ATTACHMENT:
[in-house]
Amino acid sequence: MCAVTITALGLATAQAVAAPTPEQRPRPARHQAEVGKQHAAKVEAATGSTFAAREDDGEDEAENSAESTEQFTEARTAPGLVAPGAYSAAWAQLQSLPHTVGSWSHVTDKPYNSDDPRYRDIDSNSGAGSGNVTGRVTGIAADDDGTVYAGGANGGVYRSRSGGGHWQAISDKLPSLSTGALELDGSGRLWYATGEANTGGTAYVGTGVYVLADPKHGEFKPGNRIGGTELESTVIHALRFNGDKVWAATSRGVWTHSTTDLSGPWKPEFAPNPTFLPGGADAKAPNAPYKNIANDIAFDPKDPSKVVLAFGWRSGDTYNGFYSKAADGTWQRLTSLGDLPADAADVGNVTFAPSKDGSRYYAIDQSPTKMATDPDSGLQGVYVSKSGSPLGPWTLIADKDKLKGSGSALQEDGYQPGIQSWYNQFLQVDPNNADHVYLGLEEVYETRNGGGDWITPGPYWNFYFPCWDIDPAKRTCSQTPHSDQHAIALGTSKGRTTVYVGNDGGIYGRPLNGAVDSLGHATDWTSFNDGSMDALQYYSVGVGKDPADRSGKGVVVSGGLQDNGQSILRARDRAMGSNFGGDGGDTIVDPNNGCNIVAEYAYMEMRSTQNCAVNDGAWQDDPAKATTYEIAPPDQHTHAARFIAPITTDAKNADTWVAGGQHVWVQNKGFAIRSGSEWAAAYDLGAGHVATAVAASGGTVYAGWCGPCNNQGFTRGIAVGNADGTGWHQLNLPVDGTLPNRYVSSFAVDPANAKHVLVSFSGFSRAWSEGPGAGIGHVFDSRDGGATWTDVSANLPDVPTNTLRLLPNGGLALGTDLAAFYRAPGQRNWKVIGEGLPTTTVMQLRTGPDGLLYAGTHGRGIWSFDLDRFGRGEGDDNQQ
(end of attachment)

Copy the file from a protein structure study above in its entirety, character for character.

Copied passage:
[in-house]
Amino acid sequence: MCAVTITALGLATAQAVAAPTPEQRPRPARHQAEVGKQHAAKVEAATGSTFAAREDDGEDEAENSAESTEQFTEARTAPGLVAPGAYSAAWAQLQSLPHTVGSWSHVTDKPYNSDDPRYRDIDSNSGAGSGNVTGRVTGIAADDDGTVYAGGANGGVYRSRSGGGHWQAISDKLPSLSTGALELDGSGRLWYATGEANTGGTAYVGTGVYVLADPKHGEFKPGNRIGGTELESTVIHALRFNGDKVWAATSRGVWTHSTTDLSGPWKPEFAPNPTFLPGGADAKAPNAPYKNIANDIAFDPKDPSKVVLAFGWRSGDTYNGFYSKAADGTWQRLTSLGDLPADAADVGNVTFAPSKDGSRYYAIDQSPTKMATDPDSGLQGVYVSKSGSPLGPWTLIADKDKLKGSGSALQEDGYQPGIQSWYNQFLQVDPNNADHVYLGLEEVYETRNGGGDWITPGPYWNFYFPCWDIDPAKRTCSQTPHSDQHAIALGTSKGRTTVYVGNDGGIYGRPLNGAVDSLGHATDWTSFNDGSMDALQYYSVGVGKDPADRSGKGVVVSGGLQDNGQSILRARDRAMGSNFGGDGGDTIVDPNNGCNIVAEYAYMEMRSTQNCAVNDGAWQDDPAKATTYEIAPPDQHTHAARFIAPITTDAKNADTWVAGGQHVWVQNKGFAIRSGSEWAAAYDLGAGHVATAVAASGGTVYAGWCGPCNNQGFTRGIAVGNADGTGWHQLNLPVDGTLPNRYVSSFAVDPANAKHVLVSFSGFSRAWSEGPGAGIGHVFDSRDGGATWTDVSANLPDVPTNTLRLLPNGGLALGTDLAAFYRAPGQRNWKVIGEGLPTTTVMQLRTGPDGLLYAGTHGRGIWSFDLDRFGRGEGDDNQQ